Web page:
With the implosion of its storied investment banks and the future of Wall Street in doubt, New York will suffer the effects of the financial crisis more acutely than many states. But the crisis reaches epicenters outside of Manhattan as well. Chief among them is the world’s eighth-largest economy: California.
Several key economic indicators point to grim news for the Golden State in the aftermath of the Wall Street meltdown. The state’s unemployment rate has jumped to 7.7 percent, its highest rate in 12 years and the third-worst in the United States. In Riverside County, 40 percent of homes sold in the past year are in foreclosure. Unfortunately, California’s government doesn’t seem interested in solving the state’s economic problems.
California continues to be burdened with high taxes, punitive regulations, huge wealth-transfer programs, out-of-control spending, and lawsuit abuse. And there’s no end in sight to the state’s fiscal madness. The “balanced budget” signed only a few weeks ago by Governor Arnold Schwarzenegger already runs a deficit of as much as $5.5 billion. Last week, to cover state expenditures for the rest of the fiscal year, the state sold $5 billion in short-term notes. Schwarzenegger bought $100,000 worth himself.
Analysts already project that next fiscal year’s budget will be billions in the red. State spending has increased at a faster rate under Schwarzenegger than under his predecessor, Gray Davis. Every year, California puts taxpayers on the hook for yet more spending without any reform of the government’s boneheaded economic policies. It’s not surprising, then, that California ranks fourth-to-last in the Pacific Research Institute’s 2008 U.S. Economic Freedom Index, published in association with Forbes. The Index measures how friendly or unfriendly each state’s government policies are toward free enterprise and consumer choice. Its rankings derive from a comprehensive evaluation of fiscal, judicial, and regulatory indicators such as tax rates, state spending, occupational licensing, environmental rules, income redistribution, tort reform, and prevailing-wage laws.
When he arrived in Sacramento, Schwarzenegger promised to end government overreach. He pledged to “blow up” boxes in the state’s organizational chart, “tear up the credit card” for state legislators, and curtail taxes. Thus far, though, any “Schwarzenegger effect” on state governance has been difficult to discern. Since 2004—Schwarzenegger’s first full year in office—California’s economic-freedom ranking in the PRI index improved only two places, from an abysmal 49 to 47. And $5 billion of new debt will do nothing to bolster the Governator’s self-proclaimed reputation as a fiscal hawk.
By contrast, Nevada, California’s neighbor to the east, boasts a much more favorable economic environment. Nevada ranked sixth among the states in economic freedom, an improvement from 2004, when it placed twelfth. But the model of economic freedom among the states is slightly further east—South Dakota. The Mount Rushmore State imposes no corporate-income tax, no personal-income tax, no personal-property tax, no business-inventory tax, and no inheritance tax. States in the Great Plains and Rocky Mountains tend to be the most economically free. States in the Northeast tend to be the least free. (New York has ranked dead last since 1999.)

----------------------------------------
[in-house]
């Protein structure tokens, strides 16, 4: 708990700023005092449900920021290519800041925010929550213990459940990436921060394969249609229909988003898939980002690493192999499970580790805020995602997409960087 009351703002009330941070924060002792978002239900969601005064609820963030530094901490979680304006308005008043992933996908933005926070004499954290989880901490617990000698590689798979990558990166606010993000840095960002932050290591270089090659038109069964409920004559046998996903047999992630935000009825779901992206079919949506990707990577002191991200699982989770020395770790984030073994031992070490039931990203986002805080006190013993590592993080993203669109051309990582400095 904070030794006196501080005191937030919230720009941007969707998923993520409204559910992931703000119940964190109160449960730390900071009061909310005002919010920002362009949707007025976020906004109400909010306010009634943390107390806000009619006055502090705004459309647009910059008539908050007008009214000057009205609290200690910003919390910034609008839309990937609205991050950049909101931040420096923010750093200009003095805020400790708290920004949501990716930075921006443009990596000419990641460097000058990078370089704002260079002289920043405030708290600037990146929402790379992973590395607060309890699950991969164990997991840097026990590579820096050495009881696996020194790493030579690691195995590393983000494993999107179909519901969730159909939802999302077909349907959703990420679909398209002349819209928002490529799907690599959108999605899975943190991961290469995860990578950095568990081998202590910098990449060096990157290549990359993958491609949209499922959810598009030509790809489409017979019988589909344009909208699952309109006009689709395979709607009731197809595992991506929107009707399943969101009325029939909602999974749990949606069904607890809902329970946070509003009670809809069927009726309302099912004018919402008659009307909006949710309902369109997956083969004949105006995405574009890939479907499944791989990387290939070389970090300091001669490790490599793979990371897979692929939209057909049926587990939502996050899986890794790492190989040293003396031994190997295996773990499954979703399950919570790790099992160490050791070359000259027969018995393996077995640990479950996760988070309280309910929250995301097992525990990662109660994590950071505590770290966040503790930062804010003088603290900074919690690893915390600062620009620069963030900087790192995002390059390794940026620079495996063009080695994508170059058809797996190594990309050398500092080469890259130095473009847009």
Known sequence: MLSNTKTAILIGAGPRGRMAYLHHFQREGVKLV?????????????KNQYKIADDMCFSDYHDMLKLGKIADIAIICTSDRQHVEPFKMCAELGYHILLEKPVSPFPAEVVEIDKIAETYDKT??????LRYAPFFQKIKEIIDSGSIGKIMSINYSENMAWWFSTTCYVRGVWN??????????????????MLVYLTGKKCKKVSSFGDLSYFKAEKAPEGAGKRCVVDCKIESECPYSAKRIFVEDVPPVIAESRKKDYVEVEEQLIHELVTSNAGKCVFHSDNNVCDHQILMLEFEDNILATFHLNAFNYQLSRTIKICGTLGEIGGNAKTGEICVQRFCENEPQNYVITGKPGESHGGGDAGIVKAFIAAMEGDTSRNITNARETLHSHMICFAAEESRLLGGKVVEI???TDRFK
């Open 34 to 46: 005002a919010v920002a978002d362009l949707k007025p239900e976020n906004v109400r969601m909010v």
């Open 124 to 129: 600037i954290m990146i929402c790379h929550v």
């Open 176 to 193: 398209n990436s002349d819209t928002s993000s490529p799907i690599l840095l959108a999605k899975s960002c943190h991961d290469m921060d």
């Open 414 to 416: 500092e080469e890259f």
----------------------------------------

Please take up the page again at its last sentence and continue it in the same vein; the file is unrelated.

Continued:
Americans vote with their feet, and strong economic freedom draws workers and businesses. According to United Van Lines, South Dakota ranked seventh in inbound migration in 2007. That’s one way of saying that lots of people are moving there. Nevada ranked second. By contrast, California tallied more outbound shipments than inbound. People are fleeing California partly because of economic aggravation. For every one-place improvement in a state’s Index ranking of economic freedom, its net migration per 1,000 people typically increases by one person. This means that for Michigan, the top-ranked outbound state, a one-spot improvement in economic freedom would result in a net increase of about 10,000 people moving into the state—resulting in much-needed new consumers, workers, entrepreneurs, and investors.
Economic freedom—or the lack thereof—affects states in multiple ways. Migration alters the political map through congressional apportionment. Current projections suggest that California’s mass exodus will deprive it of a seat in the U.S. House of Representatives after the 2010 census. Economic freedom also impacts pocketbooks. In 2005, per-capita income in the 15 most economically free states grew 31 percent faster than in the 15 states with the lowest levels of economic freedom. Policies friendly to economic freedom help states shore up their finances, too. The 15 freest states saw their general-fund tax revenues grow at a rate more than 6 percent higher than the 15 states with the least economic freedom. California lawmakers should keep these figures in mind as they grapple with the state’s yawning budget deficit.
In short, economic freedom is not an academic exercise or a zero-sum game. It benefits workers, businesses, and governments alike. When one state expands economic freedom, it puts pressure on its neighbors also to improve, or risk competing at a disadvantage for people and capital. With luck, Nevada’s example will spur California to embrace serious reforms. Otherwise, a stagnant economy brought on by the financial crisis will plague the Golden State far longer than necessary.
Lawrence J. McQuillan is director of business and economic studies at the Pacific Research Institute and coauthor of the 2008 U.S. Economic Freedom Index.